[Ns-developers] NS-3: state of ns-3-pybindgen
gjcarneiro at gmail.com
Wed Jan 2 03:31:12 PST 2008
On 02/01/2008, Mathieu Lacage <mathieu.lacage at sophia.inria.fr> wrote:
> hi gustavo,
> On Tue, 2008-01-01 at 21:23 +0000, Gustavo Carneiro wrote:
> > Still some important things are missing, namely:
> > 1- Parameters default values (but should not be very difficult to
> > implement this);
> > 2- Templated classes in general; -> needed for protocol
> implementation (
> > e.g. Header classes)
> > 3- Callback<...> in particular; -> needed for working with sockets
> > tracing (simple scripting needs this)
> > 4- Simulator::Schedule* methods; -> needed for scripting
> > I'd be glad to hear some feedback on the general direction I'm heading.
> Could you point me to a sample python program I can look at to get a
> feel for the API ?
The "feel" for the API has not really changed since the time where I posted
the last time. The main difference is in terms of coverage. While before I
only wrapped the minimum API required to run the simple-p2p.py example, now
most of the NS-3 API is being wrapped, although as I said some few but
crucial functions are not yet being wrapped.
There's the good old
Now there's also
I'm sure many other examples are easily portable; it's just tedious work.
Also, in case anyone is curious, the generated source file looks like this:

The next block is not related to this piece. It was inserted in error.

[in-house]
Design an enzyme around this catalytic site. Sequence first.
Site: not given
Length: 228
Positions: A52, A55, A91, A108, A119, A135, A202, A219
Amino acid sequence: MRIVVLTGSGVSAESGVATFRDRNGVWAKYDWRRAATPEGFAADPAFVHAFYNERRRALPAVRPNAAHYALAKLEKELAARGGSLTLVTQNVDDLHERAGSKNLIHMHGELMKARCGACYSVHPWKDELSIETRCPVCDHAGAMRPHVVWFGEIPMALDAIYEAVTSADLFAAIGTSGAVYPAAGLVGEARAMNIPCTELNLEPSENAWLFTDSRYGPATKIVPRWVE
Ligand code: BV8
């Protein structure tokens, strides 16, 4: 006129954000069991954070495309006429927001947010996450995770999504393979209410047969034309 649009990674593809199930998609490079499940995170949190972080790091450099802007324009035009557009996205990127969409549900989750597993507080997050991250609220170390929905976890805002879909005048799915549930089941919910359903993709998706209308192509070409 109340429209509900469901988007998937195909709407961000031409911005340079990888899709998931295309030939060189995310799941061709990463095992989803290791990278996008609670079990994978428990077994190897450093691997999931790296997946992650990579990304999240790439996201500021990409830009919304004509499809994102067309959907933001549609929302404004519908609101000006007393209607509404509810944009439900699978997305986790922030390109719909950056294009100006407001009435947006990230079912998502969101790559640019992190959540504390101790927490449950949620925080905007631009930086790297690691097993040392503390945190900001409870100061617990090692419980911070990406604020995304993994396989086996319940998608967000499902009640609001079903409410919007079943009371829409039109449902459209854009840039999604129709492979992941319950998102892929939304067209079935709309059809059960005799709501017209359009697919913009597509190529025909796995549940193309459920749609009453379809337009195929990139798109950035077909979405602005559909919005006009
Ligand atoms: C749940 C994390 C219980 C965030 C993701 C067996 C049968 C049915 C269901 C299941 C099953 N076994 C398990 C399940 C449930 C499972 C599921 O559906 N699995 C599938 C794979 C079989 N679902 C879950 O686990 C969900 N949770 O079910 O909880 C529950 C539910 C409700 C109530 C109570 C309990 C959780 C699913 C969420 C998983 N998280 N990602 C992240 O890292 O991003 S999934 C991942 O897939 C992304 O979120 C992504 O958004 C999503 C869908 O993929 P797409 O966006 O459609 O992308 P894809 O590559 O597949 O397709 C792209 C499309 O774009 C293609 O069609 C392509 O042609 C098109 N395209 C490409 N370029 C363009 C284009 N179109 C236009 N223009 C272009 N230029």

As I'm sure you know, the 'ns.' prefix from everywhere could easily
disappear from the python code, by doing a 'from ns3 import *', but that is
considered bad Python programming style so I refrain from doing it.
> As a side note, is there any reason why Simulator::Schedule is not using
> > Callback's as parameters? Because it would be easier to wrap only
> > Callback<> and not Simulator::Schedule as well...
> Yes, there is a reason: the argument to Schedule is a fully bound
> functor while a callback is a fully unbound functor. i.e., an EventImpl
> is expected to store internally the set of values to give back to the
> target function. However, binding this part of the API should be really
> easy: it is a matter of implementing a PythonEventImpl subclass of the
> EventImpl base class which implements the Expire method to call back
> into a python class instance which stores the arguments to the target
> function and imvokes the target python function directly. Of course,
> this depends on making the proper Schedule (Ptr<EventImpl> ) methods
Yes, sounds like a good idea. I'll work on it next.
Thanks for the feedback.
Gustavo J. A. M. Carneiro
INESC Porto, Telecommunications and Multimedia Unit
"The universe is always one step beyond logic." -- Frank Herbert
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